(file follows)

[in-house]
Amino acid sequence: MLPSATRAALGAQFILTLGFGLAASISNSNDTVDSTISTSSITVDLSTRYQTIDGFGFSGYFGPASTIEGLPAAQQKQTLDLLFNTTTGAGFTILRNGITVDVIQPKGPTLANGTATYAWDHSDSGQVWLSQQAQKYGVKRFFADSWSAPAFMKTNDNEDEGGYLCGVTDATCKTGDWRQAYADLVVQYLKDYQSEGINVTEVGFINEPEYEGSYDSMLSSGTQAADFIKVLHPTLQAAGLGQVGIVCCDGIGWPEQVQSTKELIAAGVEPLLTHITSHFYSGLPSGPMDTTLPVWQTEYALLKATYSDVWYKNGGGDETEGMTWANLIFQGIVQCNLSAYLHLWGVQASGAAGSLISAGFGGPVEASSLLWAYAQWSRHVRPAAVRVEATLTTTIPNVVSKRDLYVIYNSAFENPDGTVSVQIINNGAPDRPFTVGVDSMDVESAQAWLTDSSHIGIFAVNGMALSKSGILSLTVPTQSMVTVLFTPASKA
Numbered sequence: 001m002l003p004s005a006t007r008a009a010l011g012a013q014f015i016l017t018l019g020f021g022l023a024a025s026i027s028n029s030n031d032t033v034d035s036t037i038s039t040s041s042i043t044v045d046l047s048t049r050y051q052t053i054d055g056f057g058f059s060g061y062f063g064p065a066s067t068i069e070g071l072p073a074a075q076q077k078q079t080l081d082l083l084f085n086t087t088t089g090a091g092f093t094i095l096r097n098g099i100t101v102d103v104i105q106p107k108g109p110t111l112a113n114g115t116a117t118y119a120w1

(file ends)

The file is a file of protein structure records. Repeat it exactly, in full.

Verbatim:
[in-house]
Amino acid sequence: MLPSATRAALGAQFILTLGFGLAASISNSNDTVDSTISTSSITVDLSTRYQTIDGFGFSGYFGPASTIEGLPAAQQKQTLDLLFNTTTGAGFTILRNGITVDVIQPKGPTLANGTATYAWDHSDSGQVWLSQQAQKYGVKRFFADSWSAPAFMKTNDNEDEGGYLCGVTDATCKTGDWRQAYADLVVQYLKDYQSEGINVTEVGFINEPEYEGSYDSMLSSGTQAADFIKVLHPTLQAAGLGQVGIVCCDGIGWPEQVQSTKELIAAGVEPLLTHITSHFYSGLPSGPMDTTLPVWQTEYALLKATYSDVWYKNGGGDETEGMTWANLIFQGIVQCNLSAYLHLWGVQASGAAGSLISAGFGGPVEASSLLWAYAQWSRHVRPAAVRVEATLTTTIPNVVSKRDLYVIYNSAFENPDGTVSVQIINNGAPDRPFTVGVDSMDVESAQAWLTDSSHIGIFAVNGMALSKSGILSLTVPTQSMVTVLFTPASKA
Numbered sequence: 001m002l003p004s005a006t007r008a009a010l011g012a013q014f015i016l017t018l019g020f021g022l023a024a025s026i027s028n029s030n031d032t033v034d035s036t037i038s039t040s041s042i043t044v045d046l047s048t049r050y051q052t053i054d055g056f057g058f059s060g061y062f063g064p065a066s067t068i069e070g071l072p073a074a075q076q077k078q079t080l081d082l083l084f085n086t087t088t089g090a091g092f093t094i095l096r097n098g099i100t101v102d103v104i105q106p107k108g109p110t111l112a113n114g115t116a117t118y119a120w1